July 8, 2015
Joseph Breck, who is now a senior studio art major, only applied to one school when he was looking at colleges: Michigan State University. And when he arrived on MSU’s campus, he found that the Studio Art program’s emphasis on conceptual foundations was the perfect fit.
Breck says, “The studio art program here is a lot more about thinking, conceptualizing, and building up your ideas as a person rather than teaching you how to paint a house perfectly.… It truly opens up your mind to the idea that anything is possible.”
One of the possibilities that Breck was exposed to during his academic career was the one-of-a-kind contemporary art experience offered by Michigan State University’s Eli and Edythe Broad Art Museum.
“One of the things I think sets me apart is my experience at the Broad,” Breck says. “I was lucky enough to get a position as a preparator’s assistant….I’m probably one of ten undergraduates in the country with that kind of cutting-edge contemporary art experience.”
In addition, Breck points to the range of artists he’s been exposed to as one of the most important resources he was able to access through his program. Some of the visiting artists were part of the Art, Art History, and Design Visiting Lecture Series program, while the Broad Art Museum attracted others.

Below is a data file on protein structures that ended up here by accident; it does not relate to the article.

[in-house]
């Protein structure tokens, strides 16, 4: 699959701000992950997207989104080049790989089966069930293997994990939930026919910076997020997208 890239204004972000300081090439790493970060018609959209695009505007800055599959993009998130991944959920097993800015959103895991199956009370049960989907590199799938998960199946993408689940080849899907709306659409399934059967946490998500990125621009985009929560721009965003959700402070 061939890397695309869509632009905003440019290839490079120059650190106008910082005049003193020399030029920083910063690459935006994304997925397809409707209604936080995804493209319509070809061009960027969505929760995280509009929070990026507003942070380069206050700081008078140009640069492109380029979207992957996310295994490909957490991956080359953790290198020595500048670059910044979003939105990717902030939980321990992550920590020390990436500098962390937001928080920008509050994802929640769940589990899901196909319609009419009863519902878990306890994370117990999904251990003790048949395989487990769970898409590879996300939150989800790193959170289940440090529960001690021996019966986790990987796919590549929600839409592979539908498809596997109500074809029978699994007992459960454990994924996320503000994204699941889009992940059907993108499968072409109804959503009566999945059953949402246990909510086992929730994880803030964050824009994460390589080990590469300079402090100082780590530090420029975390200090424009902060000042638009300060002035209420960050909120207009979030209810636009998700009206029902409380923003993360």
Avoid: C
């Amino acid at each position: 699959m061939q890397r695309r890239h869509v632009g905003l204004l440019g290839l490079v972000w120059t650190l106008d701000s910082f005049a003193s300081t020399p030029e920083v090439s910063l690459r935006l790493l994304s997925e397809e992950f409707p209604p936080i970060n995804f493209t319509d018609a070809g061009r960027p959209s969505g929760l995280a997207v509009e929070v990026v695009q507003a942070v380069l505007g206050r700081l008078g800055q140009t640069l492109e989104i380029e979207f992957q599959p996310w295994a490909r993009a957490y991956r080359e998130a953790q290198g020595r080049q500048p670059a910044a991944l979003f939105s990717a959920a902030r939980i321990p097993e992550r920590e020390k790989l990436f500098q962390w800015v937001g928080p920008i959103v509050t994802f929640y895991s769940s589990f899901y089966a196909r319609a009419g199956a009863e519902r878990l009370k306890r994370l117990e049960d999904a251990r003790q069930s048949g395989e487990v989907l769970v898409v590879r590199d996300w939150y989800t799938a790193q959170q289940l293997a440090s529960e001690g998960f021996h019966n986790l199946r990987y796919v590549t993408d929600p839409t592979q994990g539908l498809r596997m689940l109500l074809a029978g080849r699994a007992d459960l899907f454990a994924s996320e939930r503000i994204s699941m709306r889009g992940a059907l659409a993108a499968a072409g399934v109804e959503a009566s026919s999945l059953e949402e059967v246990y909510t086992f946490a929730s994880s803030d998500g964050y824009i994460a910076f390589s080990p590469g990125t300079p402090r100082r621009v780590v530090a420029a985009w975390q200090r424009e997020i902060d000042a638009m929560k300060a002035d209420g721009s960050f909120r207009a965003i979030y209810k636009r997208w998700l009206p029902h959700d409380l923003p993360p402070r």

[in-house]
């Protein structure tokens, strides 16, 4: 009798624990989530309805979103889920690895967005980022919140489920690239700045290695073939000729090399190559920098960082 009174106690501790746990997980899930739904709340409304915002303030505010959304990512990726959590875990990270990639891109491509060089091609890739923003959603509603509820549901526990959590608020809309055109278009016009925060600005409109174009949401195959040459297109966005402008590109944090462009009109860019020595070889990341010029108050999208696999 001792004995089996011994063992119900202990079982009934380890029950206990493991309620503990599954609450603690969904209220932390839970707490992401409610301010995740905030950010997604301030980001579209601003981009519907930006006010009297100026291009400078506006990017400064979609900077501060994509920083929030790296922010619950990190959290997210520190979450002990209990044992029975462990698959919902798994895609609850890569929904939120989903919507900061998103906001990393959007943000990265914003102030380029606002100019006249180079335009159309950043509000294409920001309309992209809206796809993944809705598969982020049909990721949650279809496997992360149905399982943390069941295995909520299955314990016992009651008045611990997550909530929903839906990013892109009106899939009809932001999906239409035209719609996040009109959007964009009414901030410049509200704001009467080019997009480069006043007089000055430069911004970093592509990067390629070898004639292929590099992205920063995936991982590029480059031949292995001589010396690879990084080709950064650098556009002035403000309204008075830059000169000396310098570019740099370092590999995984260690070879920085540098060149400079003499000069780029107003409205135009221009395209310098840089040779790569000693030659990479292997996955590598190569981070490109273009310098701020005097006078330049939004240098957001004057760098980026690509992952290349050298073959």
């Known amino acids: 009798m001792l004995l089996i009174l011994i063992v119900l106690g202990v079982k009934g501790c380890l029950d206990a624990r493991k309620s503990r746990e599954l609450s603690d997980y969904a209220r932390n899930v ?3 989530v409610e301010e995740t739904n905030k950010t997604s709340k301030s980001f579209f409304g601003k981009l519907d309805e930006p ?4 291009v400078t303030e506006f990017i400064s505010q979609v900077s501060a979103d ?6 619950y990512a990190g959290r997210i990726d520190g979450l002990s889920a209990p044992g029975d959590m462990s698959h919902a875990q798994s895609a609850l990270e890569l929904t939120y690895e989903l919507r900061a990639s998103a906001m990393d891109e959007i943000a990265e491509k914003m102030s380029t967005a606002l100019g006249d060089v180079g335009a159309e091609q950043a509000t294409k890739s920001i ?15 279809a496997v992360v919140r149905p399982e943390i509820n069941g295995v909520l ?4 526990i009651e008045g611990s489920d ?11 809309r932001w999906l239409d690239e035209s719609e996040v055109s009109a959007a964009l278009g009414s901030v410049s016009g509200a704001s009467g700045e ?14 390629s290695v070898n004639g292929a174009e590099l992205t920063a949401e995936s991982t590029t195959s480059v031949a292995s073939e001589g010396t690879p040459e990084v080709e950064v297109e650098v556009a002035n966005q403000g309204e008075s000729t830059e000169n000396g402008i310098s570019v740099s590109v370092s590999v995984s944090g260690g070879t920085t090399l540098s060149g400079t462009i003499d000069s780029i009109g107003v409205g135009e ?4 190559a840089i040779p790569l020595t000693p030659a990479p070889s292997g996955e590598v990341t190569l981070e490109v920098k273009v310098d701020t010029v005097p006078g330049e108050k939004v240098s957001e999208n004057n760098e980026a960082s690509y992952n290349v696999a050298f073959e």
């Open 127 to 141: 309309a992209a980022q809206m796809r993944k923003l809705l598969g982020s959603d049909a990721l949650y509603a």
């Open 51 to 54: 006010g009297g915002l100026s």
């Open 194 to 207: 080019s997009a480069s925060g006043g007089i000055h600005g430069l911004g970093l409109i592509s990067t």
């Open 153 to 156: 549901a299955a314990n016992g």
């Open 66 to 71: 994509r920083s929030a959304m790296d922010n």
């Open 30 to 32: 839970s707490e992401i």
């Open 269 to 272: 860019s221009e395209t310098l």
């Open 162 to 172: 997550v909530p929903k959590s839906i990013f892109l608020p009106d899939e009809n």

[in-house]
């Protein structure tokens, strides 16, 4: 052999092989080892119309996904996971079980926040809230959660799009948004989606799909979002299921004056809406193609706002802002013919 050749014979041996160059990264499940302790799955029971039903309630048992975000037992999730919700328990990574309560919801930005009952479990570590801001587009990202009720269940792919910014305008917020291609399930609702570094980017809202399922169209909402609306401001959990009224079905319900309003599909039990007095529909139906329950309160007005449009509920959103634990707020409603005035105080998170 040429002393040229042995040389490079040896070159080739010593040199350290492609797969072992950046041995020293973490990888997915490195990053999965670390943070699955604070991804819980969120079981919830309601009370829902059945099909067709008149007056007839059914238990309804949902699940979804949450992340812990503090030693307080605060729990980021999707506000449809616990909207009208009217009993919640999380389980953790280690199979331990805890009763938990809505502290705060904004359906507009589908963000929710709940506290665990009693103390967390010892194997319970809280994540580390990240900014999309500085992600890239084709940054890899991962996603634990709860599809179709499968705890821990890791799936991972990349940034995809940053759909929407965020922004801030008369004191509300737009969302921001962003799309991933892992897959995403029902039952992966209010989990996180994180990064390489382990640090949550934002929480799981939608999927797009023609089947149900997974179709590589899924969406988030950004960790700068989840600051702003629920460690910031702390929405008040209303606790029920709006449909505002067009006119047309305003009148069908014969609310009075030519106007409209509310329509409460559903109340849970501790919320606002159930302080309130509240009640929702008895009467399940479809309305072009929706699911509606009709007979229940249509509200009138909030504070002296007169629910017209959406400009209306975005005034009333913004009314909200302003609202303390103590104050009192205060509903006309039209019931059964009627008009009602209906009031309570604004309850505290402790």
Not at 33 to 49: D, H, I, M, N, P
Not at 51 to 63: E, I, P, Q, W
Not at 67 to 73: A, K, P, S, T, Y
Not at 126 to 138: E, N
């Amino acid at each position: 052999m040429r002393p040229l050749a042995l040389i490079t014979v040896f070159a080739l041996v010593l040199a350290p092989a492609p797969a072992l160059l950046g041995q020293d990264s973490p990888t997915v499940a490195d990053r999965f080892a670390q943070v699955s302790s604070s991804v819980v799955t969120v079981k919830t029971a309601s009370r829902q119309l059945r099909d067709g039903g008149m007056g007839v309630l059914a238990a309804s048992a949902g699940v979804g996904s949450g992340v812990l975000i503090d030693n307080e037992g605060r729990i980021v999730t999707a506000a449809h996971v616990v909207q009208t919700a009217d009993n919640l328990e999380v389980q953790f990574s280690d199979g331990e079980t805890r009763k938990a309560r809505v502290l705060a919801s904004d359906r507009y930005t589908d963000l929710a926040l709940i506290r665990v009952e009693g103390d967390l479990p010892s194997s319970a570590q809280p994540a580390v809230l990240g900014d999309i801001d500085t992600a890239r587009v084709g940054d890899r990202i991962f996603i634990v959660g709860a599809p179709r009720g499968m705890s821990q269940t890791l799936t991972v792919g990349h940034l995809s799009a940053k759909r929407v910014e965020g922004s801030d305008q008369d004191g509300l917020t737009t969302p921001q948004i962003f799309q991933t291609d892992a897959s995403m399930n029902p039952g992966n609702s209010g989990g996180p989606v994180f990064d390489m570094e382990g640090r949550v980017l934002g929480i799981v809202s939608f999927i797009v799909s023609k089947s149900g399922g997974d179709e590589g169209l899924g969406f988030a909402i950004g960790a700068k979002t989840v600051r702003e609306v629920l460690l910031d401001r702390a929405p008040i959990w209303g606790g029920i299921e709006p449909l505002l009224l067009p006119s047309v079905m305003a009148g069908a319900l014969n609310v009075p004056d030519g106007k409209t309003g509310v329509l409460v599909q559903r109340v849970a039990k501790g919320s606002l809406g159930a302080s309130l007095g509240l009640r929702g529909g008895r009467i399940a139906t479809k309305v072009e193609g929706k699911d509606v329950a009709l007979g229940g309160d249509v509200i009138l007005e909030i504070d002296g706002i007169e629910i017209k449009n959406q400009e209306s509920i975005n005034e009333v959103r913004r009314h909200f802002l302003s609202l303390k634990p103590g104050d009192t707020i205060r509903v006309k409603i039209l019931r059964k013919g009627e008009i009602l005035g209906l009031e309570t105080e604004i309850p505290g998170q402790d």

Breck says, “The visiting lecture series of artists here is off the charts. Every two weeks, there’s a world-renowned artist coming through. And then I get to work hands on at the Broad, and really talk to the artists about their processes. That, in turn, can help me with my own work.”
Small class sizes and low student-to-teacher ratios complemented the experiential learning opportunities offered through the Studio Art Program.
Breck explains, “Because of the small classes, you have a really close bond with your faculty. Professors can take a lap around the class, talk with everyone, and be back at the front of the classroom in ten minutes.”
The individualized experience provided by the Studio Art Program helped Breck develop his own artistic identity.
“Right now I’m working with acrylics; I like these kind of architectural renderings. I want to build intricate, sometimes darker narratives. And I do a lot of introspective reflection about how things I think are aesthetically pleasing reflect back on my personality.”
To other students interested in the program, Breck recommends staying open to the opportunities and relationships they can build during their time at MSU.
“Try your hardest in your classes to connect and speak about what your doing. Once you’re opening up, it will help what you can do with your work. Basically, the way you learn to think, here, can lead you to do anything.”
Reprinted from College of Arts and Letters
Story by student Will Mianecki, video by Peter Johnston